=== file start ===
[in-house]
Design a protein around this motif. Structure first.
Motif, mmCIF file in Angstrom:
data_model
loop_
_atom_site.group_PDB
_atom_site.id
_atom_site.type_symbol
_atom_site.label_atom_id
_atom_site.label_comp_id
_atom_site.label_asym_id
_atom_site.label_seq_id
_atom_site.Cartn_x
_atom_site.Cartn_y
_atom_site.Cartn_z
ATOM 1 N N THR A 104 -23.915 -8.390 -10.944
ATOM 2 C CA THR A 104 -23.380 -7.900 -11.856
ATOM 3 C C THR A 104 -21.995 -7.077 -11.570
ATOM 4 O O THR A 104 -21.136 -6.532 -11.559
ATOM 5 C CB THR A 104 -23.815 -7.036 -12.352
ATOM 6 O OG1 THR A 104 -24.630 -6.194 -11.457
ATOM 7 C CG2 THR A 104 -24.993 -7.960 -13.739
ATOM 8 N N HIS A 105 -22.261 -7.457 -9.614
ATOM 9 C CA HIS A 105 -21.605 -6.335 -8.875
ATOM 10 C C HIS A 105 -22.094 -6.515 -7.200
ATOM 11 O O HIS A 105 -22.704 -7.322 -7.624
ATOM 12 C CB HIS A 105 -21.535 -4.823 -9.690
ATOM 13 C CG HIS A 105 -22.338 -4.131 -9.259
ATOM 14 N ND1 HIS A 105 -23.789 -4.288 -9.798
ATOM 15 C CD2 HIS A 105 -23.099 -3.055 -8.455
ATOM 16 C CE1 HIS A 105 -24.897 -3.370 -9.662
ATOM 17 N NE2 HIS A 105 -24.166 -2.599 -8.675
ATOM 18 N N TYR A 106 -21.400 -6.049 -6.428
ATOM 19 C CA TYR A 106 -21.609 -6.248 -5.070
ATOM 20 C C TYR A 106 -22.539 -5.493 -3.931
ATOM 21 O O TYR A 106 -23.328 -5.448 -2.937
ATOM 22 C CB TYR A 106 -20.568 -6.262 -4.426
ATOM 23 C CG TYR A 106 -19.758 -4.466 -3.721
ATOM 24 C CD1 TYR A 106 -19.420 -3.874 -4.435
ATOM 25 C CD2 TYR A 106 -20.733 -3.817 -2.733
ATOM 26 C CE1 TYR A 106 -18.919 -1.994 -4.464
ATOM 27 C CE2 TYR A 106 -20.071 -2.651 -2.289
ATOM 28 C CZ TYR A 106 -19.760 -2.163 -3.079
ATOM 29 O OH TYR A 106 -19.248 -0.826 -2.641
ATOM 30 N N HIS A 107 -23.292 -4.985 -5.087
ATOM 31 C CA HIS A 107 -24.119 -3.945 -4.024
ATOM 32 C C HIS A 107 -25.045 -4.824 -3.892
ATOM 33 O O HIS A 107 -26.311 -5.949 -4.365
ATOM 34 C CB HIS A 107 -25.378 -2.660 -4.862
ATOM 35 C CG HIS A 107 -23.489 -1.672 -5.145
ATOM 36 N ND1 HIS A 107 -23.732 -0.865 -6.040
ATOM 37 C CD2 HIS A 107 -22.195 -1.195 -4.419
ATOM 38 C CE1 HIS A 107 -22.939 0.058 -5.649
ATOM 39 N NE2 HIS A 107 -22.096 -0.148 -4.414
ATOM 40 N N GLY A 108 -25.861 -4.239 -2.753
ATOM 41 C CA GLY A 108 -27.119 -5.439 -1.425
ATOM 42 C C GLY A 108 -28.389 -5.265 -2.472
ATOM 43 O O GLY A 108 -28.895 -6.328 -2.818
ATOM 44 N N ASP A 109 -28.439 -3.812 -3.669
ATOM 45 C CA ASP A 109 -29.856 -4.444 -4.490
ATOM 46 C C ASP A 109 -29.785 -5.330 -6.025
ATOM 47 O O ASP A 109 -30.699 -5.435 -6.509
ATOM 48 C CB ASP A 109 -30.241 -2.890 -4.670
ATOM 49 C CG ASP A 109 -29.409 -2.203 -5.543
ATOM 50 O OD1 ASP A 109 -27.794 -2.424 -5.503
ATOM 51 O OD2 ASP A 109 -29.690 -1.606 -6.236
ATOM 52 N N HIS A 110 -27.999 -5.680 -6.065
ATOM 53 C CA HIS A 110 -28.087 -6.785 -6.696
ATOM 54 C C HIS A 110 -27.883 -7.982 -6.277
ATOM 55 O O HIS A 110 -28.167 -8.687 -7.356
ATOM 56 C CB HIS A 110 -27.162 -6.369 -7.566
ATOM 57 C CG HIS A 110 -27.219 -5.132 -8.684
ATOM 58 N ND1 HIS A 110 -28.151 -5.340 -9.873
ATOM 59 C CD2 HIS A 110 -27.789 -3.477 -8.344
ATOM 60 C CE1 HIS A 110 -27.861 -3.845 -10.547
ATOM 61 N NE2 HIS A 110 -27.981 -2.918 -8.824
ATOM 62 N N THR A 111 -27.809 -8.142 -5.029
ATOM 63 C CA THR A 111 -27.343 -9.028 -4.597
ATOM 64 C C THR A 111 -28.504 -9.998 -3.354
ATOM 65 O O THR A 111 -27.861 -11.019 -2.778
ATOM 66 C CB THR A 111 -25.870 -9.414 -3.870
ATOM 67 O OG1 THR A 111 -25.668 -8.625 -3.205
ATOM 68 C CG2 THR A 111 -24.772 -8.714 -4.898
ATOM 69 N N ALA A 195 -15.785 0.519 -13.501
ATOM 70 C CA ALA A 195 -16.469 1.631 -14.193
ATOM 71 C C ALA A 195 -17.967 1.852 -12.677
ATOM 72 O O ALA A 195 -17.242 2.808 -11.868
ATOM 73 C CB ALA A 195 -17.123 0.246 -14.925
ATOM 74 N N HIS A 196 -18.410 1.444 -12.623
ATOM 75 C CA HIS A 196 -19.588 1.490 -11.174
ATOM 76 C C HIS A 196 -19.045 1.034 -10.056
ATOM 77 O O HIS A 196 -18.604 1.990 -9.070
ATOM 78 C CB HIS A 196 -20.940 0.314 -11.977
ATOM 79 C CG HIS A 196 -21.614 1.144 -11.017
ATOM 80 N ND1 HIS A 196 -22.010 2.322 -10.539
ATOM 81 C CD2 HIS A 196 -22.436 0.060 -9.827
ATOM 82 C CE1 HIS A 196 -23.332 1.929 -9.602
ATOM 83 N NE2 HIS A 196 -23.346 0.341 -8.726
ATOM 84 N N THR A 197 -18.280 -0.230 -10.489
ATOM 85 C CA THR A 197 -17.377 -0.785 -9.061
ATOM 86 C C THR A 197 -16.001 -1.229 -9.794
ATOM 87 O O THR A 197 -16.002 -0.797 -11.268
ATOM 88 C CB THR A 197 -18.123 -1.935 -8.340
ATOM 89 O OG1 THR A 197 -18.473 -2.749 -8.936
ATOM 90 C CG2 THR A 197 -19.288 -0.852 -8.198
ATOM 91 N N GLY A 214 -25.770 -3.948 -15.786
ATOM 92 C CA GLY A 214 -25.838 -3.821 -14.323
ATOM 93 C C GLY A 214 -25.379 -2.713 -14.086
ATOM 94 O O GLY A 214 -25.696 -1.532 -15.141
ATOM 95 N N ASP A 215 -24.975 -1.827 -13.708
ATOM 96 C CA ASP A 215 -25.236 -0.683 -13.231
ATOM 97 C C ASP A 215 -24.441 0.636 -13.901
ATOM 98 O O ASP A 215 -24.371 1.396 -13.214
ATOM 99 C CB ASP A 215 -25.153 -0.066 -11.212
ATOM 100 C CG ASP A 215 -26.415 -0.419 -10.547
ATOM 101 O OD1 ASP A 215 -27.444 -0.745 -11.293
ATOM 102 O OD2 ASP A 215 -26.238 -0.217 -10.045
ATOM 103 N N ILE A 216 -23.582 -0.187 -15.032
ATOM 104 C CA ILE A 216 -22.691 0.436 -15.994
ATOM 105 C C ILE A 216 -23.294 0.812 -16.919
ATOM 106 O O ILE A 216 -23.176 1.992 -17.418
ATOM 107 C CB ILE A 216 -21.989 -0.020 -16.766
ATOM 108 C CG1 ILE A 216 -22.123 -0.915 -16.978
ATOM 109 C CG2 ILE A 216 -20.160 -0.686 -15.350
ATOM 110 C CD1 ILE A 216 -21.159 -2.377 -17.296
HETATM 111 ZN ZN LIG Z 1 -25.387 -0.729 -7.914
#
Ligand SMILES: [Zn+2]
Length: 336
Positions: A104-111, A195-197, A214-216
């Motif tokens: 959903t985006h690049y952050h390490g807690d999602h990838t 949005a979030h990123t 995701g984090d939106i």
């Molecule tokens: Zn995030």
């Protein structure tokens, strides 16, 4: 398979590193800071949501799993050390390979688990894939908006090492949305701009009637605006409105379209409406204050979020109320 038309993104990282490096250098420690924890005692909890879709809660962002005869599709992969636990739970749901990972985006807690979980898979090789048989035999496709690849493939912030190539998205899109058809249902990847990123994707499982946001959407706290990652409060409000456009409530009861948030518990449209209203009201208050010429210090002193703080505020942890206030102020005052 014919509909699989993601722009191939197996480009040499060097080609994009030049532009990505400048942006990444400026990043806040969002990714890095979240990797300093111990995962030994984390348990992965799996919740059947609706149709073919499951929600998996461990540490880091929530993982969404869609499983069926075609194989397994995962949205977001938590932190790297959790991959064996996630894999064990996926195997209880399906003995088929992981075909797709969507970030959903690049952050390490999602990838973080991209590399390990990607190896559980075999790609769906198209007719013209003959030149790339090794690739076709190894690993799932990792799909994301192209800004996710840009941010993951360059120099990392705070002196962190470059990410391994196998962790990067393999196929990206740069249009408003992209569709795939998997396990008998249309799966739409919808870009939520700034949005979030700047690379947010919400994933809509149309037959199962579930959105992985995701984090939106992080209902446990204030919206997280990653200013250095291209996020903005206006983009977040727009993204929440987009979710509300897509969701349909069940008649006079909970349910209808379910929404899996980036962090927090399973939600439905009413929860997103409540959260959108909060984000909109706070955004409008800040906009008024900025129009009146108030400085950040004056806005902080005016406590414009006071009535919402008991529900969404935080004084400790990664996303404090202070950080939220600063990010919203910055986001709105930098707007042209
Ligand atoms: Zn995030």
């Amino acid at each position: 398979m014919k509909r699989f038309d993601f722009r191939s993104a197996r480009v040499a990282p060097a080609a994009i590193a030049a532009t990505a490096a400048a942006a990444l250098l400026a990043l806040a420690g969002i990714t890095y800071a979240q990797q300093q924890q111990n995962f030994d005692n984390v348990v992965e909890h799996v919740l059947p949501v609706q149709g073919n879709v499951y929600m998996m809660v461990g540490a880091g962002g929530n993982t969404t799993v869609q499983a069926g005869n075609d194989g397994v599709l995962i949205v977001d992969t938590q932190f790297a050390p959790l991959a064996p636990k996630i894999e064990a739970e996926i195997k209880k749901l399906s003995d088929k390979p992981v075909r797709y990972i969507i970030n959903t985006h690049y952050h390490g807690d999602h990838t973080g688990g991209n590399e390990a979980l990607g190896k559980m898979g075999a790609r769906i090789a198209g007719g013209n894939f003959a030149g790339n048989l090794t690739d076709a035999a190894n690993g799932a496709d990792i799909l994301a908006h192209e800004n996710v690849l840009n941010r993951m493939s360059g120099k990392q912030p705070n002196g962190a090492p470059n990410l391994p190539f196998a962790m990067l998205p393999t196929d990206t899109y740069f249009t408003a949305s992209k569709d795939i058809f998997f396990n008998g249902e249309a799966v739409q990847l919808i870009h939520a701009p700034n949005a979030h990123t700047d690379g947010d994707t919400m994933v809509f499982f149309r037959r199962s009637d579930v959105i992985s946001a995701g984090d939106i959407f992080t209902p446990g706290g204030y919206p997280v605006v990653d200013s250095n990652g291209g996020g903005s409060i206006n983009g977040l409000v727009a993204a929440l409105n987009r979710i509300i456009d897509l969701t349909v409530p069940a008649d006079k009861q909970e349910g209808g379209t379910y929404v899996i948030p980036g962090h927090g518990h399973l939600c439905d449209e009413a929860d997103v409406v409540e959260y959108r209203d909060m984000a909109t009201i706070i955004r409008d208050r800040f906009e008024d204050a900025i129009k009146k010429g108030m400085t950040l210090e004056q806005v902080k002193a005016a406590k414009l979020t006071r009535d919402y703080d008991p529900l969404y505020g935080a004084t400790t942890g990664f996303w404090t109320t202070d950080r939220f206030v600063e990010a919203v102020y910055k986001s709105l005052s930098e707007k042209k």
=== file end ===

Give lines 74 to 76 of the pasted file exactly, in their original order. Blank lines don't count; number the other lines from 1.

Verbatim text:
ATOM 59 C CD2 HIS A 110 -27.789 -3.477 -8.344
ATOM 60 C CE1 HIS A 110 -27.861 -3.845 -10.547
ATOM 61 N NE2 HIS A 110 -27.981 -2.918 -8.824